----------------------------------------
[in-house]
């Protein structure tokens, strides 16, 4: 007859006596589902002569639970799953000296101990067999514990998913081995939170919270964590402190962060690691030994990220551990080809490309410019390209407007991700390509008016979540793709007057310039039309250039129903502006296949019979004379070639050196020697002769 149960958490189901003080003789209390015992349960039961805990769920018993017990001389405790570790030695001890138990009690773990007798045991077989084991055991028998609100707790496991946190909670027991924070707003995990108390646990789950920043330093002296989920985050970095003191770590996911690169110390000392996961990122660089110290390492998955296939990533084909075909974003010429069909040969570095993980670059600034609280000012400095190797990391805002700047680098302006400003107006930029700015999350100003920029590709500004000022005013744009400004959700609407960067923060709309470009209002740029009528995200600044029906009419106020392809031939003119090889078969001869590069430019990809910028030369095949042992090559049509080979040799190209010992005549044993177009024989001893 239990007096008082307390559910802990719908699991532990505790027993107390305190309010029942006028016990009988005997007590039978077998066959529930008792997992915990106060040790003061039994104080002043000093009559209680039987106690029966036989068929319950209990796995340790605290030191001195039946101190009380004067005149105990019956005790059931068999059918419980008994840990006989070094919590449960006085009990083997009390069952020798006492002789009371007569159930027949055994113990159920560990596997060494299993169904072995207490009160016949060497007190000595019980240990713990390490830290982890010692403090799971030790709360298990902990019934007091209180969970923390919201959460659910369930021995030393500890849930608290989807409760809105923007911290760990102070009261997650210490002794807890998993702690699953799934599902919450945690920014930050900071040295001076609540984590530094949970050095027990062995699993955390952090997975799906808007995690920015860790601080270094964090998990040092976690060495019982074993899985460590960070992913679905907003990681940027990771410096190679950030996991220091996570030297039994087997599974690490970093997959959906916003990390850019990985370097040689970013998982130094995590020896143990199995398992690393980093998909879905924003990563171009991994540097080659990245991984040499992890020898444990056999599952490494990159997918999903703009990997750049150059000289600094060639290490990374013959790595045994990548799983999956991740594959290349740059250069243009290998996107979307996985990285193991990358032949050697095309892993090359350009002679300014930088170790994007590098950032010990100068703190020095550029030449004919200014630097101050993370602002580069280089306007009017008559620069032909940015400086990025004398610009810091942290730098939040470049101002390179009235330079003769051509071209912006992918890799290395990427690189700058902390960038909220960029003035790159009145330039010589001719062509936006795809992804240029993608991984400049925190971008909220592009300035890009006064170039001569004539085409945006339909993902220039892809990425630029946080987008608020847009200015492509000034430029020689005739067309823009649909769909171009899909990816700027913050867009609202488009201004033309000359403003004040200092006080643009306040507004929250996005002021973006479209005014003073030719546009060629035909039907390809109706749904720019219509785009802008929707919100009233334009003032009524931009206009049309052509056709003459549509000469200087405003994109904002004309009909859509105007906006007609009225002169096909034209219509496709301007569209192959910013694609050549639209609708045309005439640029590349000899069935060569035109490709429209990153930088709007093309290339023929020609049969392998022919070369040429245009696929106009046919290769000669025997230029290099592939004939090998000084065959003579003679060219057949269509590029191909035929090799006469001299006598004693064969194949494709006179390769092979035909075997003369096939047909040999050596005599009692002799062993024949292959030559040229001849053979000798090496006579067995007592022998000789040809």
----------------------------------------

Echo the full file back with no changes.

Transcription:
[in-house]
């Protein structure tokens, strides 16, 4: 007859006596589902002569639970799953000296101990067999514990998913081995939170919270964590402190962060690691030994990220551990080809490309410019390209407007991700390509008016979540793709007057310039039309250039129903502006296949019979004379070639050196020697002769 149960958490189901003080003789209390015992349960039961805990769920018993017990001389405790570790030695001890138990009690773990007798045991077989084991055991028998609100707790496991946190909670027991924070707003995990108390646990789950920043330093002296989920985050970095003191770590996911690169110390000392996961990122660089110290390492998955296939990533084909075909974003010429069909040969570095993980670059600034609280000012400095190797990391805002700047680098302006400003107006930029700015999350100003920029590709500004000022005013744009400004959700609407960067923060709309470009209002740029009528995200600044029906009419106020392809031939003119090889078969001869590069430019990809910028030369095949042992090559049509080979040799190209010992005549044993177009024989001893 239990007096008082307390559910802990719908699991532990505790027993107390305190309010029942006028016990009988005997007590039978077998066959529930008792997992915990106060040790003061039994104080002043000093009559209680039987106690029966036989068929319950209990796995340790605290030191001195039946101190009380004067005149105990019956005790059931068999059918419980008994840990006989070094919590449960006085009990083997009390069952020798006492002789009371007569159930027949055994113990159920560990596997060494299993169904072995207490009160016949060497007190000595019980240990713990390490830290982890010692403090799971030790709360298990902990019934007091209180969970923390919201959460659910369930021995030393500890849930608290989807409760809105923007911290760990102070009261997650210490002794807890998993702690699953799934599902919450945690920014930050900071040295001076609540984590530094949970050095027990062995699993955390952090997975799906808007995690920015860790601080270094964090998990040092976690060495019982074993899985460590960070992913679905907003990681940027990771410096190679950030996991220091996570030297039994087997599974690490970093997959959906916003990390850019990985370097040689970013998982130094995590020896143990199995398992690393980093998909879905924003990563171009991994540097080659990245991984040499992890020898444990056999599952490494990159997918999903703009990997750049150059000289600094060639290490990374013959790595045994990548799983999956991740594959290349740059250069243009290998996107979307996985990285193991990358032949050697095309892993090359350009002679300014930088170790994007590098950032010990100068703190020095550029030449004919200014630097101050993370602002580069280089306007009017008559620069032909940015400086990025004398610009810091942290730098939040470049101002390179009235330079003769051509071209912006992918890799290395990427690189700058902390960038909220960029003035790159009145330039010589001719062509936006795809992804240029993608991984400049925190971008909220592009300035890009006064170039001569004539085409945006339909993902220039892809990425630029946080987008608020847009200015492509000034430029020689005739067309823009649909769909171009899909990816700027913050867009609202488009201004033309000359403003004040200092006080643009306040507004929250996005002021973006479209005014003073030719546009060629035909039907390809109706749904720019219509785009802008929707919100009233334009003032009524931009206009049309052509056709003459549509000469200087405003994109904002004309009909859509105007906006007609009225002169096909034209219509496709301007569209192959910013694609050549639209609708045309005439640029590349000899069935060569035109490709429209990153930088709007093309290339023929020609049969392998022919070369040429245009696929106009046919290769000669025997230029290099592939004939090998000084065959003579003679060219057949269509590029191909035929090799006469001299006598004693064969194949494709006179390769092979035909075997003369096939047909040999050596005599009692002799062993024949292959030559040229001849053979000798090496006579067995007592022998000789040809």